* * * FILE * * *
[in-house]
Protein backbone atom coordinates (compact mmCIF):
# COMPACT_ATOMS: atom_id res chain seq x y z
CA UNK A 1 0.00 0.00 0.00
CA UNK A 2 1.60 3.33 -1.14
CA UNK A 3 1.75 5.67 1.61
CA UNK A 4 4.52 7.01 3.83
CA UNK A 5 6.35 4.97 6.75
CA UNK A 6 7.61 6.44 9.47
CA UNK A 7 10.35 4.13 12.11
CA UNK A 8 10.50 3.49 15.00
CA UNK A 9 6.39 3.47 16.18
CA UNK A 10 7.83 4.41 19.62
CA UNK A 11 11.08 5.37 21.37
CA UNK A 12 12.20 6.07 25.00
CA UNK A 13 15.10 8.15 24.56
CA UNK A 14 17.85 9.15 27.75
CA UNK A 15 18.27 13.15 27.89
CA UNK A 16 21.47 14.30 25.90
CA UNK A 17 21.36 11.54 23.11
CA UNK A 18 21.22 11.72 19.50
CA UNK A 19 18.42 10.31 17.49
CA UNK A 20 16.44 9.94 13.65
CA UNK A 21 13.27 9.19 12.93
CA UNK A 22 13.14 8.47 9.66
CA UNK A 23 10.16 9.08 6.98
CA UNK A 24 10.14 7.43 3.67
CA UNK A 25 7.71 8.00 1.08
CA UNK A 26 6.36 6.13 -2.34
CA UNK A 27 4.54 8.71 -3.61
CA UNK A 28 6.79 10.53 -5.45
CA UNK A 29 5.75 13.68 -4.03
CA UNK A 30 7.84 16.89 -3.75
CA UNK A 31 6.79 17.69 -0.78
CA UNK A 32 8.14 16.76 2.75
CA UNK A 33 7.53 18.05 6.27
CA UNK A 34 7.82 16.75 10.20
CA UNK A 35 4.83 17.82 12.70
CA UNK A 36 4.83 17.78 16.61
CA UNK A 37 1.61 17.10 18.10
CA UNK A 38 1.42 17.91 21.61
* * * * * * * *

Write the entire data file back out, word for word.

[in-house]
Protein backbone atom coordinates (compact mmCIF):
# COMPACT_ATOMS: atom_id res chain seq x y z
CA UNK A 1 0.00 0.00 0.00
CA UNK A 2 1.60 3.33 -1.14
CA UNK A 3 1.75 5.67 1.61
CA UNK A 4 4.52 7.01 3.83
CA UNK A 5 6.35 4.97 6.75
CA UNK A 6 7.61 6.44 9.47
CA UNK A 7 10.35 4.13 12.11
CA UNK A 8 10.50 3.49 15.00
CA UNK A 9 6.39 3.47 16.18
CA UNK A 10 7.83 4.41 19.62
CA UNK A 11 11.08 5.37 21.37
CA UNK A 12 12.20 6.07 25.00
CA UNK A 13 15.10 8.15 24.56
CA UNK A 14 17.85 9.15 27.75
CA UNK A 15 18.27 13.15 27.89
CA UNK A 16 21.47 14.30 25.90
CA UNK A 17 21.36 11.54 23.11
CA UNK A 18 21.22 11.72 19.50
CA UNK A 19 18.42 10.31 17.49
CA UNK A 20 16.44 9.94 13.65
CA UNK A 21 13.27 9.19 12.93
CA UNK A 22 13.14 8.47 9.66
CA UNK A 23 10.16 9.08 6.98
CA UNK A 24 10.14 7.43 3.67
CA UNK A 25 7.71 8.00 1.08
CA UNK A 26 6.36 6.13 -2.34
CA UNK A 27 4.54 8.71 -3.61
CA UNK A 28 6.79 10.53 -5.45
CA UNK A 29 5.75 13.68 -4.03
CA UNK A 30 7.84 16.89 -3.75
CA UNK A 31 6.79 17.69 -0.78
CA UNK A 32 8.14 16.76 2.75
CA UNK A 33 7.53 18.05 6.27
CA UNK A 34 7.82 16.75 10.20
CA UNK A 35 4.83 17.82 12.70
CA UNK A 36 4.83 17.78 16.61
CA UNK A 37 1.61 17.10 18.10
CA UNK A 38 1.42 17.91 21.61